06 April, 2009

Quit Victoria. And quit yer bitchin', too

If you haven't seen the Quit Victoria ad yet, take a moment to watch and then keep reading.

It's causing a big stink amongst people who care to get miffed about this sort of thing. Oddly though, their issue doesn't lie with the messaging. And how could it? The ad communicates pretty solidly that, for a child, a parent's death is far worse than their temporary misplacement in a crowd. As far as anti-smoking messages go, this one is probably one of the most effective I've ever seen.

No. Everybody has their panties in a twist, not over the message, but over the perceived treatment of the kid in the ad. Some comments I've seen have likened the spot to child abuse.

Child abuse?


First of all, these critics have no idea what happened on set during filming. The kid could be...acting. That's what paid actors of any age generally do once the cameras come on. He could just be very talented, and not provoked to cry by some unseen mistreatment. We'll know for sure when he turns up a few years from now playing Harry Potter's son in "Hogwarts: The Next Class."

Yes, it's possible that someone told little Nigel his real mommy hated him and was never coming back for him...ever, and then shouted "Action!" It's possible. But that seems unlikely. The producers could have cast any kid in the role if all they planned to do was kick him in the shins, steal his candy and tell him daddy left because he was born. No. More likely, as in any commercial, casting people spent weeks combing through child actors, looking for that one special kid who could cry, convincingly, on command. That's not child abuse. Enabling a child's acting career which will, statistically speaking, spiral horribly out of control in a vortex of drug and alcohol abuse, ending in either death, obscurity or parody could be, but that's a different topic.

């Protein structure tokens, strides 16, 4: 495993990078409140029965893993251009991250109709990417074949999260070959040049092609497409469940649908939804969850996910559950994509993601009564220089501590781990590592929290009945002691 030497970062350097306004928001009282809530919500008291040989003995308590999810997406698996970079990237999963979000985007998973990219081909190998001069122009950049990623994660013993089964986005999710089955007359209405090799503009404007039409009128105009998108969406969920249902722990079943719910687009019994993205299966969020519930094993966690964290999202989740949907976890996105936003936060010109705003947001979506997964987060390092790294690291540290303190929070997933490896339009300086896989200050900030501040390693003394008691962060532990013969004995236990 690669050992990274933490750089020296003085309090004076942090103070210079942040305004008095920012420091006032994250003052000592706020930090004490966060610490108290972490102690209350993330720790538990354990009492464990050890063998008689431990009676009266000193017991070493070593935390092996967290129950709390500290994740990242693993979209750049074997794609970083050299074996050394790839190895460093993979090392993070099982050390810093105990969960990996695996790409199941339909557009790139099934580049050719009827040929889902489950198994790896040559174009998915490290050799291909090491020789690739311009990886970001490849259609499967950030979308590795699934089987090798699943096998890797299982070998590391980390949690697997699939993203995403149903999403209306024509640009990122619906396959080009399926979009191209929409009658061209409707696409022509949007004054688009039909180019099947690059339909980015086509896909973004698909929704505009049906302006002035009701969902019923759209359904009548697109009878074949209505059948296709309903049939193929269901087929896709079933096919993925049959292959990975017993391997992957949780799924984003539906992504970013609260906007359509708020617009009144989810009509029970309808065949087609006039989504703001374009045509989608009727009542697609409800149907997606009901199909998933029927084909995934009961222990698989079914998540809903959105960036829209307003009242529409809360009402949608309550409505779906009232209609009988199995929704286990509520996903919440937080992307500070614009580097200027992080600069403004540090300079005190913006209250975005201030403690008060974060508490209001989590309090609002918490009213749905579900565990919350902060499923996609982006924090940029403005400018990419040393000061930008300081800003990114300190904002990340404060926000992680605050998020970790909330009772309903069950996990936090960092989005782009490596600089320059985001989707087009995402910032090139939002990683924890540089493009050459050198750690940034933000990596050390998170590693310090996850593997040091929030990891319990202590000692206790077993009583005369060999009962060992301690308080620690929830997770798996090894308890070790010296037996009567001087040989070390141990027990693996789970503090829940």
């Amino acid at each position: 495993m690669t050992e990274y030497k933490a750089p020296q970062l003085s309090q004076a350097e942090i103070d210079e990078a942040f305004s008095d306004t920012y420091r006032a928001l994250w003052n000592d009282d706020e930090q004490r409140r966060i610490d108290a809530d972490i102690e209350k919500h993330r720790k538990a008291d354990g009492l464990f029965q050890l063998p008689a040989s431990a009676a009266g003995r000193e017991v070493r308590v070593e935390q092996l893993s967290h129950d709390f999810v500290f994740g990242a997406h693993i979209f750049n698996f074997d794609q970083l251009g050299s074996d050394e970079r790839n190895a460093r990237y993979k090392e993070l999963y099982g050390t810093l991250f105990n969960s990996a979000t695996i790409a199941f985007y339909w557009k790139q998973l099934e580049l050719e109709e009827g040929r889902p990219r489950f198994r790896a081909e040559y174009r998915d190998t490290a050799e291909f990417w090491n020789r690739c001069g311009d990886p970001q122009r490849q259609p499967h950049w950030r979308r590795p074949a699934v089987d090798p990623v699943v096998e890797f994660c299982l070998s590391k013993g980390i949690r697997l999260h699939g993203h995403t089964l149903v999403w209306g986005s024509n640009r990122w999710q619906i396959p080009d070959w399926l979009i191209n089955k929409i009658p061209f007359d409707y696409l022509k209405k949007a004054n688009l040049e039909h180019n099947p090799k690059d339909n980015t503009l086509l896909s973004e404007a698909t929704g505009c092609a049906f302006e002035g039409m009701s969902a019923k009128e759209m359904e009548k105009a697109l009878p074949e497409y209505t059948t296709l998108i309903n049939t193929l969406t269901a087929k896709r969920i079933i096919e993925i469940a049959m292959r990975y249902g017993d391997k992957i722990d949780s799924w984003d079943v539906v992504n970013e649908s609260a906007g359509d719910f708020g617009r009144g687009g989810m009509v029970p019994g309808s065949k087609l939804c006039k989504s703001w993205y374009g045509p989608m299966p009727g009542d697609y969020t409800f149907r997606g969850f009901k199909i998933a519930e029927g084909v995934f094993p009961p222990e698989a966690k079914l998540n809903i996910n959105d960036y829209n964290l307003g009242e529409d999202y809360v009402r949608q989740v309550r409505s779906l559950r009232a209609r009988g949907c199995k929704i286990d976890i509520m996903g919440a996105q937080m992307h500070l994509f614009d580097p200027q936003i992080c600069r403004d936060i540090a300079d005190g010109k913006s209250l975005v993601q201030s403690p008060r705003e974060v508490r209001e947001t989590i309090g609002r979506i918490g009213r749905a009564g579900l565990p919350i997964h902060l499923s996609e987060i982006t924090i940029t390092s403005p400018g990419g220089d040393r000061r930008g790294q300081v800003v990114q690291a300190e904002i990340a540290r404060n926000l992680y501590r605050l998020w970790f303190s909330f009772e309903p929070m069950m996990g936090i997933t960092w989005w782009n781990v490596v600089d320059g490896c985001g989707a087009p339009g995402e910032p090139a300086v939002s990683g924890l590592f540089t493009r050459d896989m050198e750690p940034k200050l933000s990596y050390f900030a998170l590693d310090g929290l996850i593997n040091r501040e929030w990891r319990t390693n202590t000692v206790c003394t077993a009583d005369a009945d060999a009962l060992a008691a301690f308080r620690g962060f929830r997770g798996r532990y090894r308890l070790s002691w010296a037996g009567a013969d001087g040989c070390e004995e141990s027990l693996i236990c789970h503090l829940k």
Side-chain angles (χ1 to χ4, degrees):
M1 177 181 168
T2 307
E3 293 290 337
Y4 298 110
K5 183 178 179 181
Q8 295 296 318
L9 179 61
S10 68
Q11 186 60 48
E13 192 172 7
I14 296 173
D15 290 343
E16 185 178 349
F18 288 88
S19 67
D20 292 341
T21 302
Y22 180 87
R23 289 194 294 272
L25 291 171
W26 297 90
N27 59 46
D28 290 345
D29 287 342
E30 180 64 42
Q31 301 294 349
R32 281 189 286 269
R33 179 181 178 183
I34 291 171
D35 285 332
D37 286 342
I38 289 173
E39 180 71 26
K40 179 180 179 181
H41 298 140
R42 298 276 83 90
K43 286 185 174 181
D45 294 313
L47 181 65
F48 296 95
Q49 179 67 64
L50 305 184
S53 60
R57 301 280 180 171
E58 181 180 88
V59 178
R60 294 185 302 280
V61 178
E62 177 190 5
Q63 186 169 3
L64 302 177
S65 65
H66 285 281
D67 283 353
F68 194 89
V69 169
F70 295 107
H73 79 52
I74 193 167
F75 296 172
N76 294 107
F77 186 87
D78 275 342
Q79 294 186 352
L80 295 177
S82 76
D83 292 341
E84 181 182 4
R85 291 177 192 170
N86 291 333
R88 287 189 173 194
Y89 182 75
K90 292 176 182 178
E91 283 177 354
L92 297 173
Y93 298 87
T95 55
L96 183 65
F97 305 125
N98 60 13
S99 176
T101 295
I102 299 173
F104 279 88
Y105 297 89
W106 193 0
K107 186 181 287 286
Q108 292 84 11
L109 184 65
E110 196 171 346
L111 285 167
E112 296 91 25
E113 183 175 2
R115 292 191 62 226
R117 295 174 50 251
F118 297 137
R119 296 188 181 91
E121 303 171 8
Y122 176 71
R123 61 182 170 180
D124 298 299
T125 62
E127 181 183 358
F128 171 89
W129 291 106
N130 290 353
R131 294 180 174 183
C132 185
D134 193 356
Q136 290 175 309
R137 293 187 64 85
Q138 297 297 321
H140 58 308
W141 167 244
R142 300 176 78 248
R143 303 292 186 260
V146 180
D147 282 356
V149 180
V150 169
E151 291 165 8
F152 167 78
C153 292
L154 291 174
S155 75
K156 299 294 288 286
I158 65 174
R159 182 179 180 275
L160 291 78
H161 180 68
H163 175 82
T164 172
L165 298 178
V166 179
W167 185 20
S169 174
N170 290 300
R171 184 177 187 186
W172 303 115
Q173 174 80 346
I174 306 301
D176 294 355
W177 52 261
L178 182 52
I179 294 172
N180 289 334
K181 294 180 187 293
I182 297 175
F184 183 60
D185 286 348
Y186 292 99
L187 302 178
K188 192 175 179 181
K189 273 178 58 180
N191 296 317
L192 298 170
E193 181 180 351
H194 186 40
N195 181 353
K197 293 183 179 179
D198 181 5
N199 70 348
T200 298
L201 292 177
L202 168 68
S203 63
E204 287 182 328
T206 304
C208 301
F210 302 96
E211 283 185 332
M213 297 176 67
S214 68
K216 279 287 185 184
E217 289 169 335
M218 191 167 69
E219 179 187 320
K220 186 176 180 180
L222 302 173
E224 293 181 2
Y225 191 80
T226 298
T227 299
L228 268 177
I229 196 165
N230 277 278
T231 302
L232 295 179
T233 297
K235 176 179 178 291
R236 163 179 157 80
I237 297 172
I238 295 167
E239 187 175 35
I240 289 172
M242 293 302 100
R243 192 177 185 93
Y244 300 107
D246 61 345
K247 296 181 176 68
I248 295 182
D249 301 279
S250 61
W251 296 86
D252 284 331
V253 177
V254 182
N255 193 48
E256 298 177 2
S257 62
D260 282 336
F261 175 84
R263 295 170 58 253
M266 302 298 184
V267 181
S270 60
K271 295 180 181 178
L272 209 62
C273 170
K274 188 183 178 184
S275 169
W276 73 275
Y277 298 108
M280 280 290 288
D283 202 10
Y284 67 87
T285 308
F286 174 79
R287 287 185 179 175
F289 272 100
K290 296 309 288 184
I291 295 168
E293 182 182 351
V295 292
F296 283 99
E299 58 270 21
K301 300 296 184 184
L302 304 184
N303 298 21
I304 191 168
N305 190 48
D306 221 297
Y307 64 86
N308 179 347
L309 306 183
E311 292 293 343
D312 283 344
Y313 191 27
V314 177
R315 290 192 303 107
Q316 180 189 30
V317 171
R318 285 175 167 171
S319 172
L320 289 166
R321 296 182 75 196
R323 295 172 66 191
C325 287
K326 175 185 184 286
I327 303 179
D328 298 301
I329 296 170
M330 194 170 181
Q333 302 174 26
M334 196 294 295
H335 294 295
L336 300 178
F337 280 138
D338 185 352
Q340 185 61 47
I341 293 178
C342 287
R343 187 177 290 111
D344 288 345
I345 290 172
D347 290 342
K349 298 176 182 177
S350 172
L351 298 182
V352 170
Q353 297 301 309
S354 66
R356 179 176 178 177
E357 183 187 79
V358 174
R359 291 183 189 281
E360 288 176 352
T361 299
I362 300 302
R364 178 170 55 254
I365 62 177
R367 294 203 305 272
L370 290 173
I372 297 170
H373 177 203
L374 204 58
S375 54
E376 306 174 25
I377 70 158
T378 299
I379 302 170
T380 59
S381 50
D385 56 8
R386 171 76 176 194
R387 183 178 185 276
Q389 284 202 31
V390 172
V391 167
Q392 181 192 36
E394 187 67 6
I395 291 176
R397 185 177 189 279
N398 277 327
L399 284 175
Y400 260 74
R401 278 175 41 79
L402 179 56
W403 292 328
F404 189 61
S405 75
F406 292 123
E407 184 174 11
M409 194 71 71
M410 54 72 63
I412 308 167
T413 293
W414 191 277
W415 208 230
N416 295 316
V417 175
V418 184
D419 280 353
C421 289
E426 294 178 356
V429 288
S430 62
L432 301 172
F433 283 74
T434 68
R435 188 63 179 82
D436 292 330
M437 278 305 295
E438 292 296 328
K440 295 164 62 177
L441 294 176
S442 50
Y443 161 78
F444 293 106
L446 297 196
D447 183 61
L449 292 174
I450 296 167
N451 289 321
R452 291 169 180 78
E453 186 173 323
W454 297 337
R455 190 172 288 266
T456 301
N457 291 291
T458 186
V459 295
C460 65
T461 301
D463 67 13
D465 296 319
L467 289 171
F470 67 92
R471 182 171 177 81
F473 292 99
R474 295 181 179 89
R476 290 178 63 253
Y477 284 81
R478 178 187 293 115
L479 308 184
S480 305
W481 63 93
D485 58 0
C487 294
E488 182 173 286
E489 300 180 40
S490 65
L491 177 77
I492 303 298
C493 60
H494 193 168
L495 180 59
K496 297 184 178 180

But let's just say this kid was smacked around a bit and called a poop head in order to get his tears streaming. If that's what it takes to produce an ad which could potentially save thousands of lives, it's worth it. Without question fifteen seconds of perceived mental anguish for thousands of lifetimes lived fully is an easy trade-off. The kid won't remember it the next day anyway. He'll be back home, blissfully munching his Mr. T cereal, dreaming of kid things, unaware of the trail of bickering and complaining he left in his wake.

UPDATE: It's been brought to my attention that Fiona Sharkie, executive director of Quit Victoria, in an interview with the Today Show revealed that little Alastaire's tears were real. He apparently lost sight of his mother amidst the crowd of 150 talent and crew members, and lost his #$%&. There was only one take, and five cameras were rolling during Reginald's breakdown, so the abandonment was most likely intentional.

Regardless I stand by my earlier statement. The potential good this spot can do far outweighs any short term distress little Leslie may have suffered, and will have already forgotten.

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